Susan Jones | Senior Editor | Wednesday, March 01, 2006
White House Press Secretary Scott McClellan said security precautions prevented the White House from announcing the stopover in advance.
Bush met with Afghani President Hamid Karzai, who thanked President Bush on his country's behalf.
"We owe a great, great deal in this country's rebuilding, peace, democracy, [and] strong steps toward the future to your support," Karzai said.
The U.S. invaded Afghanistan to topple the Taliban regime that supported al Qaeda leader Osama bin Laden, following the September 11 terror attacks.
In a brief press conference following his meeting with Karzai, a reporter asked President Bush why Osama bin Laden is still on the loose.
President Bush said he is "confident" that bin Laden will be brought to justice. He said both Afghan and Pakistani forces are on the hunt for bin Laden and for those who plotted with him.
Bush said he will raise the issue with President Pervez Musharraf when he visits Pakistan.
"We're making progress in dismantling al Qaeda," Bush said. "Slowly but surely, we're bringing the people to justice, and the world is better for it as a result of our steady progress."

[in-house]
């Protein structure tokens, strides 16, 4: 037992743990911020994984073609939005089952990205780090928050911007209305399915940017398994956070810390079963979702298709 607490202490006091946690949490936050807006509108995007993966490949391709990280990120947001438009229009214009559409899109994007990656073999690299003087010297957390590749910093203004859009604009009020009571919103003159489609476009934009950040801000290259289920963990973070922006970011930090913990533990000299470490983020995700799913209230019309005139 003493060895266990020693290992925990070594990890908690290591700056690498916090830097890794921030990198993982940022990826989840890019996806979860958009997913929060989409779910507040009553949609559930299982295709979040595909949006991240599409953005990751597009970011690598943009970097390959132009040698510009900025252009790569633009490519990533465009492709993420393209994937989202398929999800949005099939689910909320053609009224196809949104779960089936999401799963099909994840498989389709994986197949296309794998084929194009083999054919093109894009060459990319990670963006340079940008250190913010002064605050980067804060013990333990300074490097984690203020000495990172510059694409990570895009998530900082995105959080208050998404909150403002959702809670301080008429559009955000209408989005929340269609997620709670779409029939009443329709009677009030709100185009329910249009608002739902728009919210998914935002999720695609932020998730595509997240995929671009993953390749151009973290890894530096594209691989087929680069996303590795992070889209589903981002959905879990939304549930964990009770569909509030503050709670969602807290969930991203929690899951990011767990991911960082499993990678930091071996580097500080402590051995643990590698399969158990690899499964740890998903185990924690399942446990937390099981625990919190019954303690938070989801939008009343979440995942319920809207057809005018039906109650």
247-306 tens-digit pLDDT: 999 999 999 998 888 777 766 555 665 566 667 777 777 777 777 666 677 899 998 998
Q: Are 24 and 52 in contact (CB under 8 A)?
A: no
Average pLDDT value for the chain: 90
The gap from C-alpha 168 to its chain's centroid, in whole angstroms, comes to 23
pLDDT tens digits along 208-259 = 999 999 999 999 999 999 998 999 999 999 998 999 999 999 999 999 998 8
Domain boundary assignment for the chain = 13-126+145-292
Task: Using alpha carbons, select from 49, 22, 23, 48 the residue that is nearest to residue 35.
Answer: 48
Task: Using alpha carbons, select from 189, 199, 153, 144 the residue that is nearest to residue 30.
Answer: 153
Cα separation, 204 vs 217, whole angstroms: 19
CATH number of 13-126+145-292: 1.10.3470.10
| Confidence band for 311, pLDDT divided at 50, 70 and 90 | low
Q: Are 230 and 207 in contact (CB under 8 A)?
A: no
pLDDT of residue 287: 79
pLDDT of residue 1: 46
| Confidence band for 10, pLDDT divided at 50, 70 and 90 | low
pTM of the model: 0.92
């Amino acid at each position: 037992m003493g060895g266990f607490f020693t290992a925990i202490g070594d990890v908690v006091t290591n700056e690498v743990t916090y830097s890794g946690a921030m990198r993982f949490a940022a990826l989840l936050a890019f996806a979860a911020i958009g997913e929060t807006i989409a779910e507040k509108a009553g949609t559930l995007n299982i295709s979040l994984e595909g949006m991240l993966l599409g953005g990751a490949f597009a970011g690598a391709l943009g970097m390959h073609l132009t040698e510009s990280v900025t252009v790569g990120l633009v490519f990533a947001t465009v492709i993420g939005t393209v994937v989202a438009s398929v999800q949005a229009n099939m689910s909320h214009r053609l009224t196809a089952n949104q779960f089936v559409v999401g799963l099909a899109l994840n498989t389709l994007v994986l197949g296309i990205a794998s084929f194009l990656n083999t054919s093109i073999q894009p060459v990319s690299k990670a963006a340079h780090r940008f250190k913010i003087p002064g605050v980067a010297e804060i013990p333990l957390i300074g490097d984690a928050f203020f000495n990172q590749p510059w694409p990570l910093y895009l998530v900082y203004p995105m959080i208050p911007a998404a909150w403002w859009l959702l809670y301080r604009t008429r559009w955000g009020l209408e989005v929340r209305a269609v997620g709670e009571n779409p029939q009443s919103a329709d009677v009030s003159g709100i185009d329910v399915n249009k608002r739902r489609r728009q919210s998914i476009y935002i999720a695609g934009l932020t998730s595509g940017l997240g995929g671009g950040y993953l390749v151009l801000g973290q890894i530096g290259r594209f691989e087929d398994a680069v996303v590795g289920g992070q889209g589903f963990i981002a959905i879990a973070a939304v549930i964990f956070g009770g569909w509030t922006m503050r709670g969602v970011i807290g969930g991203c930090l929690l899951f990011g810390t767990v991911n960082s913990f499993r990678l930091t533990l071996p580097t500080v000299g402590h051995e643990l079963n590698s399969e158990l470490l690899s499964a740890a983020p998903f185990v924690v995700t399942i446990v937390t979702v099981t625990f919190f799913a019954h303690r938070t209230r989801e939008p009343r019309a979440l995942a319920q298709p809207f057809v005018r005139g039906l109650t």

The BBC reported on Wednesday that Pakistani troops raided a suspected militant camp near the Afghan border, killing more than two dozen militants.
"It was a training camp of foreign miscreants," government administrator Sayed Zaheerul Islam was quoted as saying. He said the unidentified "militants" had "set up tents in the mountain area."
An arms cache exploded during the raid, which comes shortly before President Bush visits Pakistan for the first time.
US forces launched missile strikes in the same region in January.
Before leaving Afghanistan, President Bush also planned to attend a ribbon-cutting ceremony at the U.S. Embassy, then meet with some of the 19,000 U.S. troops serving in the country.
On Tuesday, the director of the U.S. Defense Intelligence Agency told Congress that the insurgency in Afghanistan is growing and "remains a capable and resilient threat."
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